Photo: A “Rolling Highway” through the Alps in Switzerland – An option for the Rockies? 

Apr 24

Transport Action Ontario – Annual General Meeting and Public Presentation – May 4 – Toronto

By Transport Action Ontario | Events , Latest News , Urban Transit

Transport Action Ontario’s annual general meeting will be held on Saturday, May 4, 2019 at 11:00 am at St. Paul’s Bloor Street, 227 Bloor St. E, Toronto.    There will be a review of 2018 performance and election of the executive and board of directors for 2019. TAO members can vote in person or by proxy. Non-members are welcome to attend. Our organization is always looking for new members to join our board of directors. If you have a passion for public transportation and want to make a difference, contact us at ontario@transportaction.ca.

Following the Annual General Meeting, we will be hosting an afternoon public presentation on last mile transit solutions for Ontario. All members of the public are invited.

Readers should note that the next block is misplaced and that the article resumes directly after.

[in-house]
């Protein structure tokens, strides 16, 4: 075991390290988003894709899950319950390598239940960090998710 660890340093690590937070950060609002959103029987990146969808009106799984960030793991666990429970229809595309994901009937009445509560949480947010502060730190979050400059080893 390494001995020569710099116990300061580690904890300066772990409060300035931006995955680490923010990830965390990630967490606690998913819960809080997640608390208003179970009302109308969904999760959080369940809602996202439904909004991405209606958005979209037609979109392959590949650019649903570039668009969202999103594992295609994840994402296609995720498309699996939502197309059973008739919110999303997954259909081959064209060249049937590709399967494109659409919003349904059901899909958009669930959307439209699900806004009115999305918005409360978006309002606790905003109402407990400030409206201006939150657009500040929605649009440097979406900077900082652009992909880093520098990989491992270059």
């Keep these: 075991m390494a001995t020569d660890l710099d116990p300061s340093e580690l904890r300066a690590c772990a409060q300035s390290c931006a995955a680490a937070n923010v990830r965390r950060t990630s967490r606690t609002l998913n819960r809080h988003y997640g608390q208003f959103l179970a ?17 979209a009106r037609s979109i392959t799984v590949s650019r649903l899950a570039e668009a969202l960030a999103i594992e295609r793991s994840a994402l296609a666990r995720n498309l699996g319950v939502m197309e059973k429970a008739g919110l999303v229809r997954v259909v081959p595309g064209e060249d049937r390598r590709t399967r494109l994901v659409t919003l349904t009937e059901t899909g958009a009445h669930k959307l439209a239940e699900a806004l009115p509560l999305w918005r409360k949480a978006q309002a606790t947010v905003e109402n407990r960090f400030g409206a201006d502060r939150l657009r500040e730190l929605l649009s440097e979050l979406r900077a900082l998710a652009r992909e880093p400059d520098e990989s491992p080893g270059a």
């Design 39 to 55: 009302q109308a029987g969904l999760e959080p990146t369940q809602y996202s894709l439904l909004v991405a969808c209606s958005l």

Location:  As above, St Paul’s Bloor Street.   Time:  2:00 pm

Our guest speaker is Jeremy Eves – Head of Transit, Pantonium Inc.

Last-mile transit in smaller cities and rural areas is a vital service for residents, supporting job retention, access to healthcare, education, and community inclusiveness. It is also a crucial piece of the puzzle for longer distance trips by rail and bus. In the last two years, there have been numerous pilot projects and new initiatives in cities and towns across Ontario. These include:

• Milton – one year on-demand pilot moving passengers to/from the GO station (2015-2016). Very positive passenger feedback. Cost-competitive with conventional transit.